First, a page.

"Look -- it's everybody, women as well as men," Rhives said. "Even women want to be a Spiezio. It's already a great time, and this makes it more fun."
Call it Spieziomania, call it "Cardinal Soul" as one sign-holder at Busch Stadium proclaimed Sunday night, but whatever it is, there is no mistaking what Scott Spiezio has brought to Redbird Nation. It is one of the things that make this National League Championship Series different than the ones St. Louis has been a part of the last two years. The red soul patches are everywhere.
They are being sold right outside of the ballpark. Just affix a small sticky piece beneath the lower lip, place the red patch on it, and you have the latest look in 2006 Heartland fashion for men and women, boys and girls.
These have been around for a while, but is has turned into a full-fledged happening at Busch because of what Spiezio has done in the NLCS. He tied that sensational Game 2 on Friday at Shea Stadium with a two-run triple in the seventh inning that nearly went over the wall, and later added an RBI double in the ninth during St. Louis' 9-6 victory. One night later back in St. Louis, Spiezio yanked another two-run triple past Shawn Green in right, giving the Cardinals a 2-0 lead in the first inning -- the only runs they would need behind Jeff Suppan.
By the end of that game, his postseason average with runners in scoring position was up to a staggering .682 (15-for-22). His clutch work is well remembered from Game 6 of the 2002 World Series, when he helped the Angels stay alive against the Giants and eventually win the Fall Classic.
"I was with him in Anaheim and he's the same guy -- he loves the game," said Cardinals teammate David Eckstein. "I remember that he used to dye his soul patch red with the Angels, too. He always did it for the team. He said, 'Hey, I'm gonna start doing that for the club,' and he's done it no matter what colors his team wears. It happened when he showed up at Spring Training with Anaheim that way."
Spiezio said he is having fun with the fans' participation in his style of facial hair. After the Cardinals' Game 3 victory, he stood in front of his locker answering questions about the soul patch. Look closely, and the roots were black like the rest of his hair, about a quarter-inch in need of being dyed red.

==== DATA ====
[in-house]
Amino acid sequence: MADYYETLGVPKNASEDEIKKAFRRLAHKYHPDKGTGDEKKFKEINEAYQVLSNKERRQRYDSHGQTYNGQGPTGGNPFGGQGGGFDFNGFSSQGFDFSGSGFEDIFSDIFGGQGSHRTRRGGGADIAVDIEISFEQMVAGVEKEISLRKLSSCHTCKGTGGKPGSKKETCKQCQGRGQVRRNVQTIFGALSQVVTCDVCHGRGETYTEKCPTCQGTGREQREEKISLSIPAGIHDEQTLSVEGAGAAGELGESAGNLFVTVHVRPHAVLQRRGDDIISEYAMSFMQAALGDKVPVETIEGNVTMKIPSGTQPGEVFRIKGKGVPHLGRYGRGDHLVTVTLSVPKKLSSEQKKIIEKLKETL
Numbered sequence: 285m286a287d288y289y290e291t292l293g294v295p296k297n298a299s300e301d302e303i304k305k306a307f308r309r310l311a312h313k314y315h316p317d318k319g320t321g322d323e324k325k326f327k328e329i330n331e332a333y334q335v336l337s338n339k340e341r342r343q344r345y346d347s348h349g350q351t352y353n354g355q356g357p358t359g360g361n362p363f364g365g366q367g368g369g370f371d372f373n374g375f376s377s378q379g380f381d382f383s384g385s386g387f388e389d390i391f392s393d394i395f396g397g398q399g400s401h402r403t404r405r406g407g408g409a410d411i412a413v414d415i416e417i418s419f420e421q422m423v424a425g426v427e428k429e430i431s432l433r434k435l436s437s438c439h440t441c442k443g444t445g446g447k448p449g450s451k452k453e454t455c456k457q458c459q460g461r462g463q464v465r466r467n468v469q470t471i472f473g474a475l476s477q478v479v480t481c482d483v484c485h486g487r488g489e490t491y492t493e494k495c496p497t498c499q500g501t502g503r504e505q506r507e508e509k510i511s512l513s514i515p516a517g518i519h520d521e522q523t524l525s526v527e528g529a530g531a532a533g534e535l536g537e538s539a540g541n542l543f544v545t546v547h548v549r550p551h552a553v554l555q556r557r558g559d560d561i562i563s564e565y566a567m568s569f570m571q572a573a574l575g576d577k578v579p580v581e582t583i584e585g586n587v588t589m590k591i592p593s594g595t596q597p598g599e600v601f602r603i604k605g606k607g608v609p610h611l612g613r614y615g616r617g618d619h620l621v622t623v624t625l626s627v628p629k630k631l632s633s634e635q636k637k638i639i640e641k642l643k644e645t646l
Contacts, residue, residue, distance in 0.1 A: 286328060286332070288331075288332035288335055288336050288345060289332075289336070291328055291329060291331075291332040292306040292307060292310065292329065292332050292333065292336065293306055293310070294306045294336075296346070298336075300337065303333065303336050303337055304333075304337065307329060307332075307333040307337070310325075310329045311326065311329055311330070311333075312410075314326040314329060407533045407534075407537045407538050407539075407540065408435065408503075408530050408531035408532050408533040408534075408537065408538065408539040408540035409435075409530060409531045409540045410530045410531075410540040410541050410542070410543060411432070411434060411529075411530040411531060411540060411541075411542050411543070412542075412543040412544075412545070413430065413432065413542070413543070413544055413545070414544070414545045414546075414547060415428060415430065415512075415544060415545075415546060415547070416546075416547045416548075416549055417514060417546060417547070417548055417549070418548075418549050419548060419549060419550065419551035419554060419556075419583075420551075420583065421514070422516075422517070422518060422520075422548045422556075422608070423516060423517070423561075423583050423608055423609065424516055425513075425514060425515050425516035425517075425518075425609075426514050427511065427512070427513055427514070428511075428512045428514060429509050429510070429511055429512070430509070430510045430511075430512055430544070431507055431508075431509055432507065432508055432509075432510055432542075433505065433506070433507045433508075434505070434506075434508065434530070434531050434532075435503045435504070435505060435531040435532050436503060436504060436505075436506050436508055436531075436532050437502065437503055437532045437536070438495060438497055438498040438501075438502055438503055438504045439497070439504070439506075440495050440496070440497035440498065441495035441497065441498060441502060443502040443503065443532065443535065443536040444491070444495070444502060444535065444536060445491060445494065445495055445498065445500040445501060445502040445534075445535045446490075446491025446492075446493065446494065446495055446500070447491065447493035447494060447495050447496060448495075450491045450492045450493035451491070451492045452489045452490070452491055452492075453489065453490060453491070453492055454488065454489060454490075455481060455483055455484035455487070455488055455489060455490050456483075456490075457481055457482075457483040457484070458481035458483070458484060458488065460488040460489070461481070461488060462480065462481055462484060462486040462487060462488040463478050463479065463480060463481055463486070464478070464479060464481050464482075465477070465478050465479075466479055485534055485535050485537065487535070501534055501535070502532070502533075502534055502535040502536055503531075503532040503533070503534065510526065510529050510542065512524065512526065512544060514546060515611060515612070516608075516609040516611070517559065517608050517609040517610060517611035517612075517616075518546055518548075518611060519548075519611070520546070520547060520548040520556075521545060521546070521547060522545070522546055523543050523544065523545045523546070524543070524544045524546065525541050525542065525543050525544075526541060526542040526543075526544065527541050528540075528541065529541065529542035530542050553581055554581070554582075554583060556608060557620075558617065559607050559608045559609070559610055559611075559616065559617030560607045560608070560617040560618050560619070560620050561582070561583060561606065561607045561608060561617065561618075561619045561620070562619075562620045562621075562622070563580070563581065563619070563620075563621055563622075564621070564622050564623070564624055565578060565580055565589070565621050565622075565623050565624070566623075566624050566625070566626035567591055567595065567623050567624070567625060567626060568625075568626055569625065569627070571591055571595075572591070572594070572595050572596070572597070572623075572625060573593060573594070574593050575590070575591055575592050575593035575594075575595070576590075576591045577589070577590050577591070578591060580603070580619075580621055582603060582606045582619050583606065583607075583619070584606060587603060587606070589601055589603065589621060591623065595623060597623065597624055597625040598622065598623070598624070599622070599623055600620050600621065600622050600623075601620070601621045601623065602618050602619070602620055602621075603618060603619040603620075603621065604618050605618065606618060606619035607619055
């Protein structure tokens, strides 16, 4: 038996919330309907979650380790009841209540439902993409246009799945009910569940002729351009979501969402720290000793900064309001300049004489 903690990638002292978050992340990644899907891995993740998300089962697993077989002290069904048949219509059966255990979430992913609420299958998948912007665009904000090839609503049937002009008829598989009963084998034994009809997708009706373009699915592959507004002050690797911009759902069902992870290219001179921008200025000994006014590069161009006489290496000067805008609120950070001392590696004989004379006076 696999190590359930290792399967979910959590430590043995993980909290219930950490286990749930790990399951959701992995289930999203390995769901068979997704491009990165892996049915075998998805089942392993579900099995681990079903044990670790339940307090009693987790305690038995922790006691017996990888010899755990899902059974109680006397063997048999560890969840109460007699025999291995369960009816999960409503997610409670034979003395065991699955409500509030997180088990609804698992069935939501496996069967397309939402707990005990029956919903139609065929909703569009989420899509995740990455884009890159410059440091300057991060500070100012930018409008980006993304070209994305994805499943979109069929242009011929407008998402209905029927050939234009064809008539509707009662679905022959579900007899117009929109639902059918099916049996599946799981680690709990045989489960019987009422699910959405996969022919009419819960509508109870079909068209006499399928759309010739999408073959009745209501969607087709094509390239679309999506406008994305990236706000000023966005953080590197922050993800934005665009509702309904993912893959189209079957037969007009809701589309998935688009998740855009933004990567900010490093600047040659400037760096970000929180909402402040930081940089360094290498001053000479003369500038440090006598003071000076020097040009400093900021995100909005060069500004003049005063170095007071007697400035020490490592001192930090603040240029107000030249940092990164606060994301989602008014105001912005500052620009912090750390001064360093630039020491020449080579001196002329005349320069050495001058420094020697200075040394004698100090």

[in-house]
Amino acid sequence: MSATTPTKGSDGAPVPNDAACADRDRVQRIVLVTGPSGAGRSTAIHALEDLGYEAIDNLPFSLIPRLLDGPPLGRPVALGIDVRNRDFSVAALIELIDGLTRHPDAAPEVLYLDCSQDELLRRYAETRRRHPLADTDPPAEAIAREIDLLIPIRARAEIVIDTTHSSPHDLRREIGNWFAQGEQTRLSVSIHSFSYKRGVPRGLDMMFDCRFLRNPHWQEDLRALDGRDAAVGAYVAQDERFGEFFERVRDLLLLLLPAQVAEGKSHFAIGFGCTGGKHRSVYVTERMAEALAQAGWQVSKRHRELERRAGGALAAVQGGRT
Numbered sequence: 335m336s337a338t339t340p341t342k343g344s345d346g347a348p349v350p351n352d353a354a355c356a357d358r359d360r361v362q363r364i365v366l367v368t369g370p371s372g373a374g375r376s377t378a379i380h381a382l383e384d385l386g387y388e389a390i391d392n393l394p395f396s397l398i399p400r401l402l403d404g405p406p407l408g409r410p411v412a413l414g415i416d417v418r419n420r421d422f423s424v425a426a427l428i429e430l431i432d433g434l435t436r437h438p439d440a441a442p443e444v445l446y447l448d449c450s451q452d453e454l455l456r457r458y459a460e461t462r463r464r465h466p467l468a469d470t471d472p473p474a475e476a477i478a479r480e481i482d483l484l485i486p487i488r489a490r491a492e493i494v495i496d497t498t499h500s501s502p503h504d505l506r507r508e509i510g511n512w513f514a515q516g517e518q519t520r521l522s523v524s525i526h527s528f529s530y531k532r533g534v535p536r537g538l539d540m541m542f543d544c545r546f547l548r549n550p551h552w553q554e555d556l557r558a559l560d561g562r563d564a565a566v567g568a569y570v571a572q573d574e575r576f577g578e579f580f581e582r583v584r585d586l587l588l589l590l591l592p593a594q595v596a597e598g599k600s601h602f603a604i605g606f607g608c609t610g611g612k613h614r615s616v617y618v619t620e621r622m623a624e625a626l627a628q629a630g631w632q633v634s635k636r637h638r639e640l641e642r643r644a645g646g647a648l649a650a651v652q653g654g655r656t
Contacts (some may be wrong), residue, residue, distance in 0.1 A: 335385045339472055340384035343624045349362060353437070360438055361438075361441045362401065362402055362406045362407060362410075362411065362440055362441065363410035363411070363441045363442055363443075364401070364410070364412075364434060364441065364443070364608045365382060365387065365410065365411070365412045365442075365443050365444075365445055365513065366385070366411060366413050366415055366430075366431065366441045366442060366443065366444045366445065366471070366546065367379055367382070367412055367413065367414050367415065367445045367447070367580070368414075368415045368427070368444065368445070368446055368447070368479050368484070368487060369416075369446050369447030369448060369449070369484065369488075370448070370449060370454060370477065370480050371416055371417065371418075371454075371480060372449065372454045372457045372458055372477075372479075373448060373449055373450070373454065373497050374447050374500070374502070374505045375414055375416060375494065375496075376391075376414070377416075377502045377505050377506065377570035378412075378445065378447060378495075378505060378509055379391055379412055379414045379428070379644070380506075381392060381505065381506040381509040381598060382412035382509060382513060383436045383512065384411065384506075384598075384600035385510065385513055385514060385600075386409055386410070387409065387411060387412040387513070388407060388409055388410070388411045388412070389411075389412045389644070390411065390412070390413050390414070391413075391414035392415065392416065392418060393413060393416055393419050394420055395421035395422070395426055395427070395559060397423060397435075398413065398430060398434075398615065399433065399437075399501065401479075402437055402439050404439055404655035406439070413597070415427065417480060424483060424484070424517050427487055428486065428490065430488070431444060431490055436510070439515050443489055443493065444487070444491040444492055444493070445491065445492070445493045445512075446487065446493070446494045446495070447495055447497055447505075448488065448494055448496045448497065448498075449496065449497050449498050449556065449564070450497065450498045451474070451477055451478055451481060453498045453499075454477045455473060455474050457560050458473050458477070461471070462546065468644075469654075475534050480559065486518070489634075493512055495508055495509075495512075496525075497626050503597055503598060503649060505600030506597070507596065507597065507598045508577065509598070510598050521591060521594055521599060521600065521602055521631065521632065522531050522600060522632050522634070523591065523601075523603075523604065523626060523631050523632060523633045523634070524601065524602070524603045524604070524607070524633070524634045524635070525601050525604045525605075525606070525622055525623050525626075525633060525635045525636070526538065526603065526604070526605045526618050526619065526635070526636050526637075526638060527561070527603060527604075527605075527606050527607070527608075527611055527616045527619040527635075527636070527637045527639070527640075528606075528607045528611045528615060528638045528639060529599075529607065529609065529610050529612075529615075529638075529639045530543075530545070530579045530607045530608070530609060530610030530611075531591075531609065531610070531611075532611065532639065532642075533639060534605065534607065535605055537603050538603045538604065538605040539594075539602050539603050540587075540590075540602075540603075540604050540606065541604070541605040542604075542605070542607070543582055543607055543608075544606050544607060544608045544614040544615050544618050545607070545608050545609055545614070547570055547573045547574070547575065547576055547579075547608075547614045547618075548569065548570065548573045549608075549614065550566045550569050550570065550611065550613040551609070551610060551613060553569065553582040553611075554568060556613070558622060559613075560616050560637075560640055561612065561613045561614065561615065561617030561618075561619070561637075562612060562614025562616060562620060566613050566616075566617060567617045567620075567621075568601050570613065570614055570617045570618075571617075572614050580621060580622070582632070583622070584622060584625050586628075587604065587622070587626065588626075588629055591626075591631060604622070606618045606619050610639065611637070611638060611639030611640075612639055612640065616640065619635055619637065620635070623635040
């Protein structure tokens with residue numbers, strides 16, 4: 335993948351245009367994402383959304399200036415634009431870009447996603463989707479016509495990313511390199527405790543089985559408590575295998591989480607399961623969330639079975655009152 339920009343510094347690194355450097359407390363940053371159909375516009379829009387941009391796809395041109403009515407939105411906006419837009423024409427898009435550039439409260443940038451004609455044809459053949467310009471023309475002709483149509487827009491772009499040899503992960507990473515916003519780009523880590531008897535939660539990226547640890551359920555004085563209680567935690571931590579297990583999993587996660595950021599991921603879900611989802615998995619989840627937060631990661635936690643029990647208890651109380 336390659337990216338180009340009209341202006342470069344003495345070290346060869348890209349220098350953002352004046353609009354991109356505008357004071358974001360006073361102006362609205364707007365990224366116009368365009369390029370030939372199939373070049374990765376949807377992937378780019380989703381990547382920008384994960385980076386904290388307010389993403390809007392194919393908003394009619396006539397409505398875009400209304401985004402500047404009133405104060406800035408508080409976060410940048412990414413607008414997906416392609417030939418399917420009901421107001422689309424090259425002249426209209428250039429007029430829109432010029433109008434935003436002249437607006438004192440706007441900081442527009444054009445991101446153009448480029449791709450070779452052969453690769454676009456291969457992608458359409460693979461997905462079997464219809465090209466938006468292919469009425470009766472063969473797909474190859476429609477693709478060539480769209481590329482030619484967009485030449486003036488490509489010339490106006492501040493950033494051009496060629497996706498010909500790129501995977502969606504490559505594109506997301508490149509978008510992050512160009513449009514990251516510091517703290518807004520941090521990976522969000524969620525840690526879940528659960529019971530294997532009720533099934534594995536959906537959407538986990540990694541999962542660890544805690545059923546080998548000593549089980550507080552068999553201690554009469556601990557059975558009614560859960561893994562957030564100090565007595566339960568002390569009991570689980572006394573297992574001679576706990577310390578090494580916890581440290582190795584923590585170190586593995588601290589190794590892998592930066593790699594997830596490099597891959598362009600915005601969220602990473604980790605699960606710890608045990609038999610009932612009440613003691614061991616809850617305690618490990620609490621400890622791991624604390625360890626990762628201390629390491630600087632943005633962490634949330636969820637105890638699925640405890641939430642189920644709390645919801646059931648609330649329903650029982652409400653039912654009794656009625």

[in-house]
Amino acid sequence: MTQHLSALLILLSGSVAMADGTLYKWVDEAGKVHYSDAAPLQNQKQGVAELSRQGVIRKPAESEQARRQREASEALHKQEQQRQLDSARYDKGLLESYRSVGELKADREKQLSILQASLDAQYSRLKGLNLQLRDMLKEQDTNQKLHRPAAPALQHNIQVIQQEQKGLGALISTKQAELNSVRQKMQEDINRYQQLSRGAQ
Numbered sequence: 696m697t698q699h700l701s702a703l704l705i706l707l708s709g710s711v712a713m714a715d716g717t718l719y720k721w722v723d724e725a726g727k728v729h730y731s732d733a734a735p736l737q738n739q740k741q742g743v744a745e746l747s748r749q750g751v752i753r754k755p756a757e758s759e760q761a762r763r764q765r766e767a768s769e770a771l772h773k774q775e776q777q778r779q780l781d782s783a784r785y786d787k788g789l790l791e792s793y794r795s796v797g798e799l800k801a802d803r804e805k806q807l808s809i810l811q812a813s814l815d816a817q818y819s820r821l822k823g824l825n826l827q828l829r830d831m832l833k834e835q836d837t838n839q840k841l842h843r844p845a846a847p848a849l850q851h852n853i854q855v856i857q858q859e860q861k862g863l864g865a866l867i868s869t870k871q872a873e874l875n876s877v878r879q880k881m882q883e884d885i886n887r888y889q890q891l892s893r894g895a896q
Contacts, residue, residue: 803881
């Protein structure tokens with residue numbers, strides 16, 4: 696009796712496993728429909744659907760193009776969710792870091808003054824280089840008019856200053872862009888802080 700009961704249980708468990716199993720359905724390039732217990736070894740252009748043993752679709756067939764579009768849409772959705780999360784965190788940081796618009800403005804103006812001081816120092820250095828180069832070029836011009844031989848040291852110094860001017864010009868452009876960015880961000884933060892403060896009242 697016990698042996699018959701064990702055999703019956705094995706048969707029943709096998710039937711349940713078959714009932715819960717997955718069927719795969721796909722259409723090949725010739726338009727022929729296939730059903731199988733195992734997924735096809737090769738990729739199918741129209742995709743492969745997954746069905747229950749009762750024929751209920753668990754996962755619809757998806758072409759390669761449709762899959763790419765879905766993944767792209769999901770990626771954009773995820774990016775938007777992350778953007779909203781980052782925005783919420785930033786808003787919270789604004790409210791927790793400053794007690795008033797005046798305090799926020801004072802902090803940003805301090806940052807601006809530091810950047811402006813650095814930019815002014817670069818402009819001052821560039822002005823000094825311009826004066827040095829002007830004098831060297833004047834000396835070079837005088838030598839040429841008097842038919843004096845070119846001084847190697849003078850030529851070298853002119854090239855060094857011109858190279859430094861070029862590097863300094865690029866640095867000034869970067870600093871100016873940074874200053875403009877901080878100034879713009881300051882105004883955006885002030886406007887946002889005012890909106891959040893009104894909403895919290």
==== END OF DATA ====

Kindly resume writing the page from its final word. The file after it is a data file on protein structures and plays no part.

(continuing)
"I have to do it about every other day as it grows out," he said. "It's something I have fun with and I'm glad the fans are having fun with it, too."
Facial-hair frenzies are nothing new in recent Major League ballparks; witness the Joe Mauer sideburns that Twins fans were wearing in the American League Division Series, or those Matt Clement goatees that Cubs supporters used to wear. But this is a big deal in St. Louis. And it's a big deal whenever Spiezio's name appears in the starting lineup these days, as he has regenerated his postseason life since coming over from Seattle to play wherever manager Tony La Russa might be able to use him.
In Game 1, that was as a pinch-hitter while Preston Wilson started in left and Juan Encarnacion started in right. In Game 2, it was at third base while Scott Rolen was able to rest his ailing shoulder. In Game 3, it was in left field -- and that is where Spiezio showed up for Game 4. Amid that sea of fans who were emulating his appearance, Spiezio had another impact, this time drawing a third-inning walk and scoring a run that temporarily tied the score at 2-2.
Earlier this series, Spiezio became one of only three players in postseason history to triple in back-to-back games. The others were George Brett for Kansas City in the 1977 AL Championship Series and Devon White for Toronto in the 1993 World Series.
"Some of the guys were asking me when I became 'Triple Man,'" joked Spiezio, noting that he is not normally associated with a triple like Jose Reyes or Carl Crawford.
Nothing, though, is more stylish and sure to draw a following than hitting well in the postseason with men in scoring position. And there is another reason Busch Stadium fans are so crazy about this guy now. He really does have Cardinal Soul. Ed Spiezio, his father, was a third baseman-outfielder -- just like Scott -- on the St. Louis teams that beat Boston in the 1967 World Series and lost to Detroit in 1968.
"I always attribute a lot of that [clutch hitting] to my dad," Spiezio said. "Because he always ended batting practice in the backyard with a game-ending situation. It would be bottom of the ninth, 3-2 count, Game 7 of the World Series. He'd say, 'Here's the pitch. What are you gonna do with it?' Then I'd hit it and he'd say, 'OK, you've done it, there's your World Series ring.'
"He would set the game plan at the end of every BP."
Was the younger Spiezio as successful in those situations as he has been his past two postseasons?
"Maybe not," he said, as his red soul patch gleamed under the bright light atop his locker. "It just helped me so much in getting ready for it."
Josh Douglas, one of his newest fans, isn't surprised.
"He's Mr. Clutch, the next Mr. October," Douglas said. "You watch. Spiezio's going to have the World Series-winning hit."
In the meantime, come one, come all. And don't forget the patch.
Mark Newman is enterprise editor for MLB.com. This story was not subject to the approval of Major League Baseball or its clubs.